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GermanEdit

"Was ist dein Schmerz, du armer Mann,
so bleich zu sein und so gering,
wo im verdorrten Schilf am See
kein Vogel singt?"

"Ich traf ein' edle Frau am Rhein,
die war so schön—ein feenhaft Bild,
ihr Haar war lang, ihr Gang war leicht,
und ihr Blick wild.

"Ich hob sie auf mein weißes Ross
und was ich sah, das war nur sie,
die mir zur Seit' sich lehnt und sang
ein Feenlied.

"Sie führt mich in ihr Grottenhaus,
dort weinte sie und klagte sehr;
drum schloss ich ihr wilde, wilde Aug'
mit Küssen vier.

"Da hat sie mich in Schlaf gewiegt,
da träumte ich—die Nacht voll Leid!—
und Schatten folgen mir seitdem
zu jeder Zeit.

"Sah König bleich und Königskind
todbleiche Ritter, Mann an Mann;
die schrien: 'La Belle Dame Sans Merci
hält dich in Bann!'

"Drum muss ich hier sein gar allein
und wandeln bleich und so gering,
wo im verdorrten Schilf am See
kein Vogel singt."

English (direct translation)Edit

"What is your pain, poor man,
so slim and pale to see,
where in the withered reeds by the lake
no bird sings?"

"I met a noble lady by the Rhine,
who was so beautiful—the image of a fairy;
her hair was long, her step was light,
and her look wild.

"I lifted her onto my white horse
and what I saw was only her,
who leaned on my side and sang
a fairy song.

"She led me into her grotto
and there wept and mourned;
so I closed her wild, wild eyes
with four kisses.

"There she lulled me to sleep,
and I dreamed—what a sorrowful night!—
and shadows have followed me
ever since that time.

"I saw pale kings and princes,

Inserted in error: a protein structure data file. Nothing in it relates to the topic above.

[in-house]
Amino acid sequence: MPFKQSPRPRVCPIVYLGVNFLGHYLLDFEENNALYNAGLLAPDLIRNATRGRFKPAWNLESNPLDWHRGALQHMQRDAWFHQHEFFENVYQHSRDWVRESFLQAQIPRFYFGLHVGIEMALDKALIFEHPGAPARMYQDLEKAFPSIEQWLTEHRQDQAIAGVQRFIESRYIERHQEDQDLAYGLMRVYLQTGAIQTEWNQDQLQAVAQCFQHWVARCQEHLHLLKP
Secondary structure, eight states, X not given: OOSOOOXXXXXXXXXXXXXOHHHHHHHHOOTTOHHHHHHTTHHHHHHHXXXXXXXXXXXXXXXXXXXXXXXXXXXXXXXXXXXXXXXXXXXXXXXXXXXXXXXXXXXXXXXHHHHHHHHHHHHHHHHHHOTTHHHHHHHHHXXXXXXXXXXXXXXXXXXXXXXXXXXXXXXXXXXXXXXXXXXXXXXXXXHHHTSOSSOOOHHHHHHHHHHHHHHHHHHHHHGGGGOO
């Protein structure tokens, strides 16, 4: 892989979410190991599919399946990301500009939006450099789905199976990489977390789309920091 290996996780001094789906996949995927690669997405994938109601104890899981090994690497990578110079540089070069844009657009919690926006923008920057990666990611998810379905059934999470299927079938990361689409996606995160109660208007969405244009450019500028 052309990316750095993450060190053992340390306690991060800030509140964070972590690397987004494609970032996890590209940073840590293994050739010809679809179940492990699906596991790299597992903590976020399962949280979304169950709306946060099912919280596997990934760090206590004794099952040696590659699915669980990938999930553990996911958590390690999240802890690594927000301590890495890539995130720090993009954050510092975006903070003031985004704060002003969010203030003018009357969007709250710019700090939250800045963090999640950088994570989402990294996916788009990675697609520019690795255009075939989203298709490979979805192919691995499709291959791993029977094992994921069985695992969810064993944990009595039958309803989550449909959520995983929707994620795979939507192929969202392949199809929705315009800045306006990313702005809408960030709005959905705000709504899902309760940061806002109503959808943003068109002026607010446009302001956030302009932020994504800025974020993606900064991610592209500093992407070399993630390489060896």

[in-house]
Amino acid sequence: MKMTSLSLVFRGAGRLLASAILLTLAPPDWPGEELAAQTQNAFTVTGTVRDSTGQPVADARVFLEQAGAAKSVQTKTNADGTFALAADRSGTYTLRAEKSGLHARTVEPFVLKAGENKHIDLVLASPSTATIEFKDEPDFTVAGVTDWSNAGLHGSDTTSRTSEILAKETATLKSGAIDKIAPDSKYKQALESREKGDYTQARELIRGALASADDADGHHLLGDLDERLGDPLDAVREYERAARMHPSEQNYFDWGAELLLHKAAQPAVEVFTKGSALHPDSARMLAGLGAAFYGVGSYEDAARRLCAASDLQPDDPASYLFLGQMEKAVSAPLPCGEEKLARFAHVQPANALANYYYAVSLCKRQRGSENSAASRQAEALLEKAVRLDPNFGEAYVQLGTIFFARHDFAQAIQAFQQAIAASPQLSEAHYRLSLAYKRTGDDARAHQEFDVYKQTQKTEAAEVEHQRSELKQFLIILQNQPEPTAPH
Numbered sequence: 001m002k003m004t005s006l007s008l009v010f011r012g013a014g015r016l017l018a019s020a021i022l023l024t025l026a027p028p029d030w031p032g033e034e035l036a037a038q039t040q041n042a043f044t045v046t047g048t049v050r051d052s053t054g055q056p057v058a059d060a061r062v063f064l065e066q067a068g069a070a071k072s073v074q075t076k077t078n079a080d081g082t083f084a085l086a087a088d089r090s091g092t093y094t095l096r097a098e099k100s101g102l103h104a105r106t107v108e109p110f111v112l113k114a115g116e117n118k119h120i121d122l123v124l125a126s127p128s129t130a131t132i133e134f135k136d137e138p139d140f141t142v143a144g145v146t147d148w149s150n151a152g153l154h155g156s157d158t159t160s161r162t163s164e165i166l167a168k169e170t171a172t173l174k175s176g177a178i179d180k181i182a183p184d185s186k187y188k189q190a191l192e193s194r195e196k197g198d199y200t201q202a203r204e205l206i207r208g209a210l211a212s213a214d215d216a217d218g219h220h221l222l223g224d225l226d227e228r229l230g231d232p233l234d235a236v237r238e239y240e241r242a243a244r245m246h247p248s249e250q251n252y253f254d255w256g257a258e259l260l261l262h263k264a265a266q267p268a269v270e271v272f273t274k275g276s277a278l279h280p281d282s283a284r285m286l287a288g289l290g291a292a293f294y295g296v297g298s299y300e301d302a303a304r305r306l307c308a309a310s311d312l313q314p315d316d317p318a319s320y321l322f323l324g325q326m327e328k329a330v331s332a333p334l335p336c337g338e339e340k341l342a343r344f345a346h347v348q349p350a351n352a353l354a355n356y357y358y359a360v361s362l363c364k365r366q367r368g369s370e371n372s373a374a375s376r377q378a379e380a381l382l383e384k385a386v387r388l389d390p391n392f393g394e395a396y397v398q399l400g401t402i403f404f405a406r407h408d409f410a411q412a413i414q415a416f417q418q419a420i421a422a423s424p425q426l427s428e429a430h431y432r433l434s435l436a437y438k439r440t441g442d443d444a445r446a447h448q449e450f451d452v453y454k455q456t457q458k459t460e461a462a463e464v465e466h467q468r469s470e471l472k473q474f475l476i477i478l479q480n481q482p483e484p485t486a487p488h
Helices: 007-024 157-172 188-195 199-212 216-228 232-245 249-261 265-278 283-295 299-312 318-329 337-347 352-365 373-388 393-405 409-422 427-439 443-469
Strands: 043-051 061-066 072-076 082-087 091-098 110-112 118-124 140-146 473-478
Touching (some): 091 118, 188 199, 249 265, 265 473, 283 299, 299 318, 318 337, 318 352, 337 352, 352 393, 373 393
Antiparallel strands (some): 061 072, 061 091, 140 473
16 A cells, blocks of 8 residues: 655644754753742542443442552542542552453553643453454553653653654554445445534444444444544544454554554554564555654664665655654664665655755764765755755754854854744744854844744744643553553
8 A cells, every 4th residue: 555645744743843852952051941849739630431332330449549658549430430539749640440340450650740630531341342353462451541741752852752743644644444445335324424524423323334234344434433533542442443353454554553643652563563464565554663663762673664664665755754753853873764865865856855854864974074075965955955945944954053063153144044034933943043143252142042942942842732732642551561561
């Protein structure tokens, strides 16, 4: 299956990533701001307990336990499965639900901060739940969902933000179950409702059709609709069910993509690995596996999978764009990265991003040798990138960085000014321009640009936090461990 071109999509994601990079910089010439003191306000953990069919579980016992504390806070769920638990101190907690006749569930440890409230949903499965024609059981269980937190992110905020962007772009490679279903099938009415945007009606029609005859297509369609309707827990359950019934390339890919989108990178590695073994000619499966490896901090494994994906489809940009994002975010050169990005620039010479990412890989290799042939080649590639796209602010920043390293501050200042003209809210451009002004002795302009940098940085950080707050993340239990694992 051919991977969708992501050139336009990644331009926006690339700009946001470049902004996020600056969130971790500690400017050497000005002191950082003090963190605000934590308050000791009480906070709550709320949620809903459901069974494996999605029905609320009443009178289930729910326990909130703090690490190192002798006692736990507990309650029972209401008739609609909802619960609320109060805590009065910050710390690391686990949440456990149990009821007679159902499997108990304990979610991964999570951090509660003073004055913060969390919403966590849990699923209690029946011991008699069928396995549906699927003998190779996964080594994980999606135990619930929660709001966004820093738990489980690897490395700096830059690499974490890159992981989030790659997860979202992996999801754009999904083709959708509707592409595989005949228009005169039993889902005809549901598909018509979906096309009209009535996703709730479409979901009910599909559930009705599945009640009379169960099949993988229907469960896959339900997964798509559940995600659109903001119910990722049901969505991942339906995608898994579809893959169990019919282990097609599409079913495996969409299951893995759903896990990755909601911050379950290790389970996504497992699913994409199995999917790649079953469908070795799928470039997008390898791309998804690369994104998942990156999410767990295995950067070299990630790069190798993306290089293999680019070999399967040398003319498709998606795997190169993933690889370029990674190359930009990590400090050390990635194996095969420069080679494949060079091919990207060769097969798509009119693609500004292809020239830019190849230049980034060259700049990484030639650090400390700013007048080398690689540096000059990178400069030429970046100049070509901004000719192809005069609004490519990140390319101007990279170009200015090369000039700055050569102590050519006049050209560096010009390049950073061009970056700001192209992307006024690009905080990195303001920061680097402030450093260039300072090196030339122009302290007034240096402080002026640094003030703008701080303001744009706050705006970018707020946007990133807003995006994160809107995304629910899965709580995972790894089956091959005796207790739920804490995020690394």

death-pale knights, man on man,
who cried: 'La Belle Dame Sans Merci
has you in thrall!'

"Therefore I must stay here alone
and wander, slim and pale,
where in the withered reeds by the lake
no bird sings."

English (relevant verses of original Keats poem)Edit

"O what can ail thee, knight-at-arms,
Alone and palely loitering?
The sedge has wither’d from the lake,
And no birds sing."

"I met a lady in the meads,
Full beautiful—a faery’s child,
Her hair was long, her foot was light,
And her eyes were wild.

"I set her on my pacing steed,
And nothing else saw all day long,
For sidelong would she bend, and sing
A faery’s song.

"She took me to her elfin grot,
And there she wept, and sigh’d full sore,
And there I shut her wild, wild eyes
With kisses four.

"And there she lulled me asleep,
And there I dream’d—Ah! woe betide!
The latest dream I ever dream’d
On the cold hill’s side.

"I saw pale kings and princes too,
Pale warriors, death-pale were they all;
They cried—'La Belle Dame sans Merci
Hath thee in thrall!'

"And this is why I sojourn here,
Alone and palely loitering,
Though the sedge is wither’d from the lake,
And no birds sing."